Next I tried to separate the code into multiple script files that were more logically organized. Unfortunately this led me to even more issues:
- How could I separate out different layers of the application and make sure that these layers could communicate effectively?
- Why were these files so difficult to test?
I was really struggling with this design issue until I discovered AMD and began using Require.js.
What is Require.js?
Why should I use a module loader like Require.js?
Bundling and minifying with Require.js
ASP.NET MVC provides some really good out-of-the-box bundling and minification features. These work very well and also include built-in cache busting capability through the use of tokens based on file changes. However, remember that Require.js dynamically loads your module dependencies from the client via the AMD API. Require.js has its own server side optimization script named r.js.
Thanks for the article. I’ve been looking to see if you can use MVC’s bundling/minification and require.js. Looks like using the r.js in our build process might be the way to go. You said ” I plan to cover the details of an MVC based solution for cache busting in a future blog post.” Any plans on writing that article :-). I’m interested in what you have to say about it. Thanks!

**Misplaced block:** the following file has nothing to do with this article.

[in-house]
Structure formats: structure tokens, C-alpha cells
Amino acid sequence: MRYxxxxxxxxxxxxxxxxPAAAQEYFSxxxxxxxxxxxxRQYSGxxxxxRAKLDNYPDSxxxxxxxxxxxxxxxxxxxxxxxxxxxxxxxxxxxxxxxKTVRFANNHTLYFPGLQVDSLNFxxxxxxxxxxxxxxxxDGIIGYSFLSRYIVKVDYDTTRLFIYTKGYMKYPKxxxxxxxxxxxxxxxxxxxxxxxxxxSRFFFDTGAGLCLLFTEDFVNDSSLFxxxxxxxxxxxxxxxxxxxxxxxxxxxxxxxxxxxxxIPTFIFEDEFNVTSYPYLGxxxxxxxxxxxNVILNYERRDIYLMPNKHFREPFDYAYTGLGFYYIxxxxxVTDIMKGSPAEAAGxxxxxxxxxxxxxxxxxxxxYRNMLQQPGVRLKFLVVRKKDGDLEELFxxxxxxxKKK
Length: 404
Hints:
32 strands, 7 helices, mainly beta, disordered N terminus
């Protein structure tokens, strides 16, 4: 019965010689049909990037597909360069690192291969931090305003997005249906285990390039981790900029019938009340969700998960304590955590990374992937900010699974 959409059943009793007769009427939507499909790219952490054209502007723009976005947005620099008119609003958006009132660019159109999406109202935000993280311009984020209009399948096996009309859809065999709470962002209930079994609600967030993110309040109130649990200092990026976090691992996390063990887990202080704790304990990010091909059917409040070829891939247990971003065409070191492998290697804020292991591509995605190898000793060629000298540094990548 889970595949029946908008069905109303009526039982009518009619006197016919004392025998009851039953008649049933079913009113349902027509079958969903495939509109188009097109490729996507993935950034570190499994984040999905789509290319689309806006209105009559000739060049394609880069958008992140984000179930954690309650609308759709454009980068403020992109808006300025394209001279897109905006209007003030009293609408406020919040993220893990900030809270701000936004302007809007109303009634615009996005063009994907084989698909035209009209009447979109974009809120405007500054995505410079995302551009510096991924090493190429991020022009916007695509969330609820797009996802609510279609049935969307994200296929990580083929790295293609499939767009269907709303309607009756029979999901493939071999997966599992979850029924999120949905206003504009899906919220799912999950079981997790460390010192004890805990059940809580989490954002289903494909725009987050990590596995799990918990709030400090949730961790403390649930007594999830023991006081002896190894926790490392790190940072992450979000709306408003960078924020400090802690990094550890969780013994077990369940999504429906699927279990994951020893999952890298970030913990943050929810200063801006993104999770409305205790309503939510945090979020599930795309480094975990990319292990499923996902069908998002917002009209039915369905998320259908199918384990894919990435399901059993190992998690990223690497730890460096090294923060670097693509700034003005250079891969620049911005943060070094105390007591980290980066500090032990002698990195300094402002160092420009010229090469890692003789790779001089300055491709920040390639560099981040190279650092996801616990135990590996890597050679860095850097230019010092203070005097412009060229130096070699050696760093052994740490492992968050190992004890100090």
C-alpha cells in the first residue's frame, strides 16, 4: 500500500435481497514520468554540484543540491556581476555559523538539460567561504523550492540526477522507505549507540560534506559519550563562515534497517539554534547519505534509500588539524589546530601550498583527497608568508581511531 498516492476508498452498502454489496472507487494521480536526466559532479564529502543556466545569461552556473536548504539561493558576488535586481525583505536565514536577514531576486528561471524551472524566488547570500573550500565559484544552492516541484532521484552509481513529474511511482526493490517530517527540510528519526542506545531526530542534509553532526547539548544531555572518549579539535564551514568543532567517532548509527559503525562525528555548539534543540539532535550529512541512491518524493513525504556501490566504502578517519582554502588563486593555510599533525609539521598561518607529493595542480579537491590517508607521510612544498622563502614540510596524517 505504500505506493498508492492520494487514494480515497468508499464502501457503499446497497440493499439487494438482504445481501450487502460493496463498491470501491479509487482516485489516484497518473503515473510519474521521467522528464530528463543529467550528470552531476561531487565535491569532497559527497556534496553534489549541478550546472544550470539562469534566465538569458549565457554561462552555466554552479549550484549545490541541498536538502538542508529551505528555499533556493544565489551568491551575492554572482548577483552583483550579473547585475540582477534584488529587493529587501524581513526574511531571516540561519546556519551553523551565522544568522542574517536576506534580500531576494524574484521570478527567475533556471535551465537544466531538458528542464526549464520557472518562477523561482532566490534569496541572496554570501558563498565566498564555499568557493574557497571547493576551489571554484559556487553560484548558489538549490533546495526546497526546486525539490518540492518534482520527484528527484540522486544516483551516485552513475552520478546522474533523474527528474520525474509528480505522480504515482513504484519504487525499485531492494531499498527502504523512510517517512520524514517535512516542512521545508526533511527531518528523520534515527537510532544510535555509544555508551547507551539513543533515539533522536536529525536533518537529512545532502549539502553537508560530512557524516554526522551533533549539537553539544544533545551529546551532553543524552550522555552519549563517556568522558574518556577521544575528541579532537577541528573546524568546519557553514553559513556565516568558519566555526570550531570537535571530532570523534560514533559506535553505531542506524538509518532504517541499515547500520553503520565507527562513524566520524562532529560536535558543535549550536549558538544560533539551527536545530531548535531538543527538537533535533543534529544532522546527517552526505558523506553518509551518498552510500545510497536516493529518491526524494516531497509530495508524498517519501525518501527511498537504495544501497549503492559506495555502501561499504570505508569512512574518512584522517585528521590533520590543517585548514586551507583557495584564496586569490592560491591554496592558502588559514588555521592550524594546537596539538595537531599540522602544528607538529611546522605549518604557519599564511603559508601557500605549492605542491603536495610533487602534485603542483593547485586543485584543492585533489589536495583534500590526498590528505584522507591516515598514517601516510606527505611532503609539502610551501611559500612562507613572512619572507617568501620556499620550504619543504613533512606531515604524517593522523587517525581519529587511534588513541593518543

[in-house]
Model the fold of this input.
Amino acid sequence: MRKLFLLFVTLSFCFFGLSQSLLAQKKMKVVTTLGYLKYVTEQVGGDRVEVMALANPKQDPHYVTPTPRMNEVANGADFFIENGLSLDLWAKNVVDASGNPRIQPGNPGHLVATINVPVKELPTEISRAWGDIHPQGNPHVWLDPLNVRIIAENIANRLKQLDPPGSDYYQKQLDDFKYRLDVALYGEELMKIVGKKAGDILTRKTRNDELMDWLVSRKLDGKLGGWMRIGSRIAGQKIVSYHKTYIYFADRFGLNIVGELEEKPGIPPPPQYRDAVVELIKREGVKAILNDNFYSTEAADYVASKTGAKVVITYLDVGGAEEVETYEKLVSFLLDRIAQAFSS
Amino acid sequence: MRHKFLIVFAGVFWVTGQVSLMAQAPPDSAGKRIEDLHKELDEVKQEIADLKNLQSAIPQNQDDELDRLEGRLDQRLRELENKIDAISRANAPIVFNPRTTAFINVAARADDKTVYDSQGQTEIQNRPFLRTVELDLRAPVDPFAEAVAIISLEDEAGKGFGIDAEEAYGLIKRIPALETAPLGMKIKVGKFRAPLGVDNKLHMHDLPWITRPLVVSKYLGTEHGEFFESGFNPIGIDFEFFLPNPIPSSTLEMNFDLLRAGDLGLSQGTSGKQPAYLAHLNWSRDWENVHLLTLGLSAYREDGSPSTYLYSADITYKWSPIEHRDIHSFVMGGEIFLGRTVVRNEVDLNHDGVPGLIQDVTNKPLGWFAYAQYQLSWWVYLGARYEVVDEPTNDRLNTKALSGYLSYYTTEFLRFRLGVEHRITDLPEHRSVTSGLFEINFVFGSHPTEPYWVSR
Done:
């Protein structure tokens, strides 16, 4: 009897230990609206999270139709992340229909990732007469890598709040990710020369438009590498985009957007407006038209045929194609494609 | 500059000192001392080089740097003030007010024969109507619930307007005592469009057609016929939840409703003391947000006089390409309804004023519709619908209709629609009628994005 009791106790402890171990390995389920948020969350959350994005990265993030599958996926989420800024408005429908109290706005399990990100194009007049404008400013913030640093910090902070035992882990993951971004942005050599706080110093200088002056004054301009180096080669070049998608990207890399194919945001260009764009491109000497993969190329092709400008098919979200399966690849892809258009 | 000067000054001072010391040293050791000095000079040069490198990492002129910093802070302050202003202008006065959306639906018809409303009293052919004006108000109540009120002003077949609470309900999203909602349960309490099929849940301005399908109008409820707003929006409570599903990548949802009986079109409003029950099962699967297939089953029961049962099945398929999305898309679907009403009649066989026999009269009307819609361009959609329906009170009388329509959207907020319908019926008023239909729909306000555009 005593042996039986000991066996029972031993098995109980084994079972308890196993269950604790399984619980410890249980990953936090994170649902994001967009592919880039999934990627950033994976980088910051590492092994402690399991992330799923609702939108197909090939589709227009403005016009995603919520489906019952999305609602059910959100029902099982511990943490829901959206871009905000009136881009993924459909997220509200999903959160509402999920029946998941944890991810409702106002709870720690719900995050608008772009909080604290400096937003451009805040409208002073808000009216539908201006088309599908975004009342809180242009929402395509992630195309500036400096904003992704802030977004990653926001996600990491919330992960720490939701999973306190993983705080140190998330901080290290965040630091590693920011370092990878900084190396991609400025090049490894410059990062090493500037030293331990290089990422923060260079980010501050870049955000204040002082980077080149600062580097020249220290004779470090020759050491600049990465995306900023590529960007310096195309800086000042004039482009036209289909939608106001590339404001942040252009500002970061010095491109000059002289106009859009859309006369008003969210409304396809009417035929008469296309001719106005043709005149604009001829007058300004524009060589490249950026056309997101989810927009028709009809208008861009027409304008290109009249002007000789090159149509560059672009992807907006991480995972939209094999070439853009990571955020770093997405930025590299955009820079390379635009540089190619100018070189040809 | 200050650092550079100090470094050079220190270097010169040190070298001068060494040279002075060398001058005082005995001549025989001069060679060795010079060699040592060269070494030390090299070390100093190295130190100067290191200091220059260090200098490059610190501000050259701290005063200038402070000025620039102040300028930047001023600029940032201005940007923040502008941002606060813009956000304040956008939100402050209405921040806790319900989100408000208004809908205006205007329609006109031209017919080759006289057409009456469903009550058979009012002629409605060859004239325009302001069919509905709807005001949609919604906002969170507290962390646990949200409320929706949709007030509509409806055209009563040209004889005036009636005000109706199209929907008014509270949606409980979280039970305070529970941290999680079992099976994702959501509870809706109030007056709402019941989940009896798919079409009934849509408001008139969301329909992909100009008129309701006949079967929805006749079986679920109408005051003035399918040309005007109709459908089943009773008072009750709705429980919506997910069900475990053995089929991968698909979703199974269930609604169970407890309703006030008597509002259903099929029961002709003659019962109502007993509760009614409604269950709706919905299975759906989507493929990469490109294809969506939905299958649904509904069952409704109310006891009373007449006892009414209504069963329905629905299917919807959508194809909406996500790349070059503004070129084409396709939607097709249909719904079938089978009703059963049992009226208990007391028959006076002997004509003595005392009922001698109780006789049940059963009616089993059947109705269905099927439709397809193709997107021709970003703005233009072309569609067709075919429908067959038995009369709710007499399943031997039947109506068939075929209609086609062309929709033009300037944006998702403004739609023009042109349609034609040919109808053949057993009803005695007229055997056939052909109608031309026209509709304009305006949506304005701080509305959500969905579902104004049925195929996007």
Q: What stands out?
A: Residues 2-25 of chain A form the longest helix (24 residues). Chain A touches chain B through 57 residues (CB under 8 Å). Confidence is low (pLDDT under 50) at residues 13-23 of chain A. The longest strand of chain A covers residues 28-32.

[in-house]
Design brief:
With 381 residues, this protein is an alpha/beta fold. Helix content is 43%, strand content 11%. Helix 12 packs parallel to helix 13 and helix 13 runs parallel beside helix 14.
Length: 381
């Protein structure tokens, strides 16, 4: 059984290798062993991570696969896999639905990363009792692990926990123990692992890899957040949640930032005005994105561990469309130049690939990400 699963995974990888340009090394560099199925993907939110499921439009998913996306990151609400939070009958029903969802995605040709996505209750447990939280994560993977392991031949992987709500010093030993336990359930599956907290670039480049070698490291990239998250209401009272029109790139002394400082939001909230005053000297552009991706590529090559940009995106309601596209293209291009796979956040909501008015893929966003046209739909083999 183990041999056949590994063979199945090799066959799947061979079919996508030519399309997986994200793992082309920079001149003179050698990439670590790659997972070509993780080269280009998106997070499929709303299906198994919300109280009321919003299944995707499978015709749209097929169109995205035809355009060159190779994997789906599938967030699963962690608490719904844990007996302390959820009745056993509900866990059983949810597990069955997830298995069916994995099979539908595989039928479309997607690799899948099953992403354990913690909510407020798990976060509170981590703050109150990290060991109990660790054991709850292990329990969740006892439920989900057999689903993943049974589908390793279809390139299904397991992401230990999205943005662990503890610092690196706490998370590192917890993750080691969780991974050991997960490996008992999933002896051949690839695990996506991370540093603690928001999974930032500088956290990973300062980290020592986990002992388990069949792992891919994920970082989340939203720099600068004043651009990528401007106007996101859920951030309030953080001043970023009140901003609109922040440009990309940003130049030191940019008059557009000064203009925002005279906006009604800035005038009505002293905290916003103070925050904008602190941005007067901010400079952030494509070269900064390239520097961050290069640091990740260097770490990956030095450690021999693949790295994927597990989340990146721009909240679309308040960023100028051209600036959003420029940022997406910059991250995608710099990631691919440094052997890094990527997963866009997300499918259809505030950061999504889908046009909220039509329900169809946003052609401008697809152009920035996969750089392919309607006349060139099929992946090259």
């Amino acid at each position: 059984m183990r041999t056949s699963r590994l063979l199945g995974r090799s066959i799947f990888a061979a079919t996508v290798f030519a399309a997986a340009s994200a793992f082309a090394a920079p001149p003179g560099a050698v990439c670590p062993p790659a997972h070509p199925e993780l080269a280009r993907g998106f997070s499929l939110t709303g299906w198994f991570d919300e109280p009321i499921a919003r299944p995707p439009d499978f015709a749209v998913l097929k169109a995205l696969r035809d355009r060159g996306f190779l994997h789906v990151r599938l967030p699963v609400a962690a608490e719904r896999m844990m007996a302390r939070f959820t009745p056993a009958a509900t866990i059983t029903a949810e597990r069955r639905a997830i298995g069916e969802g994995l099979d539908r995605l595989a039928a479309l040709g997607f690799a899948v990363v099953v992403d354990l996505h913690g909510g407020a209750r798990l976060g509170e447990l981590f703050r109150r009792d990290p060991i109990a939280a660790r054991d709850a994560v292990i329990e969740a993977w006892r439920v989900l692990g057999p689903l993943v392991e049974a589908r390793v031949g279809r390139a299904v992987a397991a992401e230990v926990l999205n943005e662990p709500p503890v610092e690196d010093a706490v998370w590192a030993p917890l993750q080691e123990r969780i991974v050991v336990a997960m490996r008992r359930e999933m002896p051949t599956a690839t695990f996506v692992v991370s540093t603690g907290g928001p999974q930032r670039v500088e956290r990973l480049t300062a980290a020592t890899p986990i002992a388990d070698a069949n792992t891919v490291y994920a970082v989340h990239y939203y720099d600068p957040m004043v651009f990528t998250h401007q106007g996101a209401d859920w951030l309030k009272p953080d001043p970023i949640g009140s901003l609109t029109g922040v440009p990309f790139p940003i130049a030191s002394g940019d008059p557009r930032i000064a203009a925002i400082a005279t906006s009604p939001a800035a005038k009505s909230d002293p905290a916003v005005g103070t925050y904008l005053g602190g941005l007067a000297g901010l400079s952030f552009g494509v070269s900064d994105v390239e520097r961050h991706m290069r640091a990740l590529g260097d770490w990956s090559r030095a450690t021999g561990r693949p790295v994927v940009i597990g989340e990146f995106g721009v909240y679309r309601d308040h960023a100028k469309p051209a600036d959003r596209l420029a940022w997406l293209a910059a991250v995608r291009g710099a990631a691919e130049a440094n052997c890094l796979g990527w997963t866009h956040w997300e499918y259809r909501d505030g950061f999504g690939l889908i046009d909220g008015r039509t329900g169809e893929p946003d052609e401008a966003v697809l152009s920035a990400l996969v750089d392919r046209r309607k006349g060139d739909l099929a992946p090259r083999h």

Hi Kevin. I am still planning to blog about it and will try to get it posted soon. I have it working in one of my applications.
Wondering if you ever got around to writing that blog post? Would love to see how your solution compares to what we ended up doing.
I am also interested in how your MVC based solution turned out. I’ve been using grunt with config based on this example: https://github.com/asciidisco/grunt-requirejs/tree/master/examples/multipage
It enables you to create a bundle per page in your build process. Its a bit cumbersome to handle this in the build process instead of in the development process (like MVC bundles).
Its also important that you get non minified versions of your script when you are developing.